British SAS soldier cites illegality of US Iraq tactics as reason for resigning
Tatyana Margolin at 7:18 AM ET
[JURIST Europe] A member of the elite Special Air Service [Wikipedia profile] special forces of the British Army [official website] who refused to return to Iraq and later left British military service said in an interview published in the UK Sunday that he resigned because he objected to the illegality of the war and its tactics, especially as conducted by US forces. Ben Griffin admitted that he did not think that the British government made a good case for the Iraqi war but that he went to Iraq because he felt that he had to follow orders. Afterwards, however, he decided that he "didn't join the British army to conduct American foreign policy."
Griffin questioned the legality of many actions he saw undertaken by US troops in Iraq, such as taking into custody men who were clearly civilians and uninvolved with insurgents. He told the Daily Telegraph:
The Americans had this catch-all approach to lifting suspects. The tactics were draconian and completely ineffective. The Americans were doing things like chucking farmers into Abu Ghraib or handing them over to the Iraqi authorities, knowing full well they were going to be tortured....After Griffin refused to go back to Iraq in March of last year he thought he would be arrested and court-martialed, but instead he was discharged with glowing testimonies from his superiors. His case may have an impact on others who have refused to fight in Iraq on moral grounds, like Flt. Lt. Malcolm Kendall-Smith [JURIST report], a Royal Air Force [official website] doctor who has refused to return to Iraq for a third tour of duty on the grounds that the war is illegal. A pre-trial hearing for his UK court martial begins on Wednesday. AFP has more. The Telegraph has local coverage here and here.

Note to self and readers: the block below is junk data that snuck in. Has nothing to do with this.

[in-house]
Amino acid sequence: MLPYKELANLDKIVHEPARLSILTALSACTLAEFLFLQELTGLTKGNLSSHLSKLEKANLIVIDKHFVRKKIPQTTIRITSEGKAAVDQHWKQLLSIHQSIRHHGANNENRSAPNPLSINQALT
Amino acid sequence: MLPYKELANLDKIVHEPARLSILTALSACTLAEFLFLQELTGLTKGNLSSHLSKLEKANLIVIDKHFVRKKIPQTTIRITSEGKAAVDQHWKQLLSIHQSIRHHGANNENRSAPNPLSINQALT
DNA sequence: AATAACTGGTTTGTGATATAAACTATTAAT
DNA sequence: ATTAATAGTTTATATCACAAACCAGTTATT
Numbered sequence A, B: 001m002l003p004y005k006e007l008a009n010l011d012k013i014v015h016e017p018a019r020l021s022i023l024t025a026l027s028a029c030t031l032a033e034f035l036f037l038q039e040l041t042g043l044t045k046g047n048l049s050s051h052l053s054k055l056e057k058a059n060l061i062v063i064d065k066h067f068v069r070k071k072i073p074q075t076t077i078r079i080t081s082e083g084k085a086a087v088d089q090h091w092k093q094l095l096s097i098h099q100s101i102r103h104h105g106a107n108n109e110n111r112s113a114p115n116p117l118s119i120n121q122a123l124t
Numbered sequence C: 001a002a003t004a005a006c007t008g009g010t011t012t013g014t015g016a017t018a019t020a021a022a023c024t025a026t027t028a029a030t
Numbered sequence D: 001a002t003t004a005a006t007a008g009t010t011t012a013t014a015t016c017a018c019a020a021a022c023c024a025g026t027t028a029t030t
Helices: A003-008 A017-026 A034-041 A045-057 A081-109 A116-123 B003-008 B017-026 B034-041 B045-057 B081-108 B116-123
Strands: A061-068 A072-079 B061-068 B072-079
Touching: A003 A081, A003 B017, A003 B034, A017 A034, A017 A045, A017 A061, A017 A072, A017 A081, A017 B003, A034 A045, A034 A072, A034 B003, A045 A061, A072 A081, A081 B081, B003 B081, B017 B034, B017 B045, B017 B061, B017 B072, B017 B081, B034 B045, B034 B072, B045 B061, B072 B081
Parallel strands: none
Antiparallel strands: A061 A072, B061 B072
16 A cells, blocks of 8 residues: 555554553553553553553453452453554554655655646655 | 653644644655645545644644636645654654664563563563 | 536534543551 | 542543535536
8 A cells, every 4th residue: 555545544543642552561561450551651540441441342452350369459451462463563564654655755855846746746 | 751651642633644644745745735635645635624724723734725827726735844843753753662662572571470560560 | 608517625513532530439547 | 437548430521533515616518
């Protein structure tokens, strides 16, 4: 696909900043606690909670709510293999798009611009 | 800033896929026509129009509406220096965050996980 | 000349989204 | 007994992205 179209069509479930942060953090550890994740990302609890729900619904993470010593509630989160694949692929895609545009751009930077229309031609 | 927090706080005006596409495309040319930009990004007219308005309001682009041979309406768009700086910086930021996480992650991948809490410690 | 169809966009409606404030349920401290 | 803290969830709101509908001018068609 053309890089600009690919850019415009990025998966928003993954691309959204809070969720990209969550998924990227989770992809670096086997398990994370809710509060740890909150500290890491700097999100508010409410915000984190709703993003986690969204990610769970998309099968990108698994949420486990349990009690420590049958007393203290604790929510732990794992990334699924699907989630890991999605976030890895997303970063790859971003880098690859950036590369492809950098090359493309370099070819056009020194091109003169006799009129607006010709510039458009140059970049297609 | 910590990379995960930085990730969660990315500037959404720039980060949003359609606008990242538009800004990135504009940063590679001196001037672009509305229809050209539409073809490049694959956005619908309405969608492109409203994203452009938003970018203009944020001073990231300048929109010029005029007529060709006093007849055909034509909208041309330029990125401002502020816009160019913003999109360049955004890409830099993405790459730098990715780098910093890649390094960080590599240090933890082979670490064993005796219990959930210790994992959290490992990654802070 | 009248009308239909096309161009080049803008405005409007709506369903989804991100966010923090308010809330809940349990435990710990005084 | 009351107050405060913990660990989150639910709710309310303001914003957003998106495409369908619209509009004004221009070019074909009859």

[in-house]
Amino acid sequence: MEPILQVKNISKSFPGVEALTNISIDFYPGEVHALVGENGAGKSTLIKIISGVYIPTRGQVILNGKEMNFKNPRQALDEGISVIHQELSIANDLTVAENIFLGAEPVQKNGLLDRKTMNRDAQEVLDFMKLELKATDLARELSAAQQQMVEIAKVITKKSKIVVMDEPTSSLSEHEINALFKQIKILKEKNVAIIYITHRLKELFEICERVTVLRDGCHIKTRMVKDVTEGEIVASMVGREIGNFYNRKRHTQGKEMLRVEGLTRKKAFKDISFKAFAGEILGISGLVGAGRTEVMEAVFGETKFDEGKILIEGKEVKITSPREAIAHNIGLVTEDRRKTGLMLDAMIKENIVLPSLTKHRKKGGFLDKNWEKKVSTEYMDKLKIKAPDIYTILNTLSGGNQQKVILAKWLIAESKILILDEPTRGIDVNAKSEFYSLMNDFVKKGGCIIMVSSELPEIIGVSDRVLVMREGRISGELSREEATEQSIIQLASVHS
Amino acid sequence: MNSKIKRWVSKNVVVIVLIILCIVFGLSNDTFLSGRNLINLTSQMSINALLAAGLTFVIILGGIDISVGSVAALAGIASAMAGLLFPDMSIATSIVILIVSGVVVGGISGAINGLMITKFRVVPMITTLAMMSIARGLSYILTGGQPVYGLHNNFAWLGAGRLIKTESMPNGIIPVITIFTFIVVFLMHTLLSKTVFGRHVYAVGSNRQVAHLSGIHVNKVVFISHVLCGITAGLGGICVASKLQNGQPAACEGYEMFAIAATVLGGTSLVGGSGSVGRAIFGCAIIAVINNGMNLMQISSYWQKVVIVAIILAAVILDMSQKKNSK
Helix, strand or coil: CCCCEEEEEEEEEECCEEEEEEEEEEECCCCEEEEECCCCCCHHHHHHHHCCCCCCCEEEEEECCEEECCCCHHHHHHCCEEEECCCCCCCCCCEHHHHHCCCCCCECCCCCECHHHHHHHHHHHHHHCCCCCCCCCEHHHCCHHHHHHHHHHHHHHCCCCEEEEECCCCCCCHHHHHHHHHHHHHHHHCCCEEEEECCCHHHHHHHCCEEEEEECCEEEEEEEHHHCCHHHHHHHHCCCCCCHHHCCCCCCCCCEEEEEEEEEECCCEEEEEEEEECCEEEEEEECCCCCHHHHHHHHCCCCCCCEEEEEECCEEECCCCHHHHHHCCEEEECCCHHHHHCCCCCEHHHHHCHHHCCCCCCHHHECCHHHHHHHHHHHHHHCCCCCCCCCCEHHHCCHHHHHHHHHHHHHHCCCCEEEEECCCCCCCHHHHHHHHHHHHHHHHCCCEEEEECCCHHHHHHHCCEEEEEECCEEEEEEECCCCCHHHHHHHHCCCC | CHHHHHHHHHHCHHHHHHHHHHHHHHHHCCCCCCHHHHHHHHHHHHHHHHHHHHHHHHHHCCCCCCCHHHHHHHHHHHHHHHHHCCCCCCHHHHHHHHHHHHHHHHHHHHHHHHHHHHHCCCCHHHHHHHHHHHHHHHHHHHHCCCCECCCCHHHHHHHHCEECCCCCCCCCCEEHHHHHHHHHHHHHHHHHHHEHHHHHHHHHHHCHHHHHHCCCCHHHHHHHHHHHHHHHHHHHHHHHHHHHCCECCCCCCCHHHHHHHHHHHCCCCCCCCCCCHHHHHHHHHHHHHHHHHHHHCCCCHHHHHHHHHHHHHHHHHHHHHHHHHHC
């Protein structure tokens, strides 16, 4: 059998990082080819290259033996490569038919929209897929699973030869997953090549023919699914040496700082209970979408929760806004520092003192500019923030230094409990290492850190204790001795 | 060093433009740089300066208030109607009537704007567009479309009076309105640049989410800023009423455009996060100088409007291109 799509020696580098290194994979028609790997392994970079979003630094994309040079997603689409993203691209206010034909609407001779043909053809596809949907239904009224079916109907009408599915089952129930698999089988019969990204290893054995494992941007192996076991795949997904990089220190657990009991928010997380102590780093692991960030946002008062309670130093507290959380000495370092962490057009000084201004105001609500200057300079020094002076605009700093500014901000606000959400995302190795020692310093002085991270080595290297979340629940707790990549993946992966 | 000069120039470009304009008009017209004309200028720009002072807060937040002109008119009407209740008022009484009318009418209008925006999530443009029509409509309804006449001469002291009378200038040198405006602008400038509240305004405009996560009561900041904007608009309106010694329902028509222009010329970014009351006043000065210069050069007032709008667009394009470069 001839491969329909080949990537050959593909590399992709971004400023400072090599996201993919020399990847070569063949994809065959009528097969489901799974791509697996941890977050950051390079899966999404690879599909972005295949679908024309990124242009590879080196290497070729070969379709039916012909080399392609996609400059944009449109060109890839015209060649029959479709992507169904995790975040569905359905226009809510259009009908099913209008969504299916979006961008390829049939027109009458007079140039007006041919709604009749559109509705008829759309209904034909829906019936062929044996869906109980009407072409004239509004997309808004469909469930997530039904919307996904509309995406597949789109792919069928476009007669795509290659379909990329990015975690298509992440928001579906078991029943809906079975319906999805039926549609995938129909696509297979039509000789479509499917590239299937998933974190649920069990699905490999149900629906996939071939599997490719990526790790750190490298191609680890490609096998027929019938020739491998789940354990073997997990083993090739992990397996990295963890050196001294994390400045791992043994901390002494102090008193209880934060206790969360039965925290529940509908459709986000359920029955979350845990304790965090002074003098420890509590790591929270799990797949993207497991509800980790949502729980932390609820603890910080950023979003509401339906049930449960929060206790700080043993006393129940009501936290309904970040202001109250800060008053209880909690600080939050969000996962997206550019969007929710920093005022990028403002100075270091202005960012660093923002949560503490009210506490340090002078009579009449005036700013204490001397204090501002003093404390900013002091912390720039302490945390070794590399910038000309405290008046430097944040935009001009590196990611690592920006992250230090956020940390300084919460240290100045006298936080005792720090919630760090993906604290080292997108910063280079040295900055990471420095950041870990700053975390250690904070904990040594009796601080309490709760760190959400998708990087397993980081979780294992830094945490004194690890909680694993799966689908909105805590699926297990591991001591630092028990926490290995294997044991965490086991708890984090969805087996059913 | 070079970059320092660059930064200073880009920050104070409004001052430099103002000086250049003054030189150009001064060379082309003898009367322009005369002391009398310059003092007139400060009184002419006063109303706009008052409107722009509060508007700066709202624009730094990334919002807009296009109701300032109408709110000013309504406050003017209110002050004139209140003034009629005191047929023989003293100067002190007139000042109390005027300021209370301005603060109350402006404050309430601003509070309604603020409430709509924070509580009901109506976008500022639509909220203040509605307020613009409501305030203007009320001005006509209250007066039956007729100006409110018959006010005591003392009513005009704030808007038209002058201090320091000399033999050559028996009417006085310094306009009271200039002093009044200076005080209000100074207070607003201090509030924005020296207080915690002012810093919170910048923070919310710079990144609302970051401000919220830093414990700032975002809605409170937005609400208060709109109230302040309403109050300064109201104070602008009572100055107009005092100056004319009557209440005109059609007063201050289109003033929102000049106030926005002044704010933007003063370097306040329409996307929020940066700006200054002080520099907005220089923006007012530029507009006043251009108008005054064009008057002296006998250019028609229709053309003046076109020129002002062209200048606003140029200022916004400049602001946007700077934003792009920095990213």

As far as the Americans were concerned, the Iraqi people were sub-human, untermenschen. You could almost split the Americans into two groups: ones who were complete crusaders, intent on killing Iraqis, and the others who were in Iraq because the Army was going to pay their college fees. They had no understanding or interest in the Arab culture. The Americans would talk to the Iraqis as if they were stupid and these weren't isolated cases, this was from the top down. There might be one or two enlightened officers who understood the situation a bit better but on the whole that was their general attitude. Their attitude fuelled the insurgency. I think the Iraqis detested them.
Tatyana Margolin is an Associate Editor for JURIST Europe, reporting European legal news from a European perspective. She is based in the UK.
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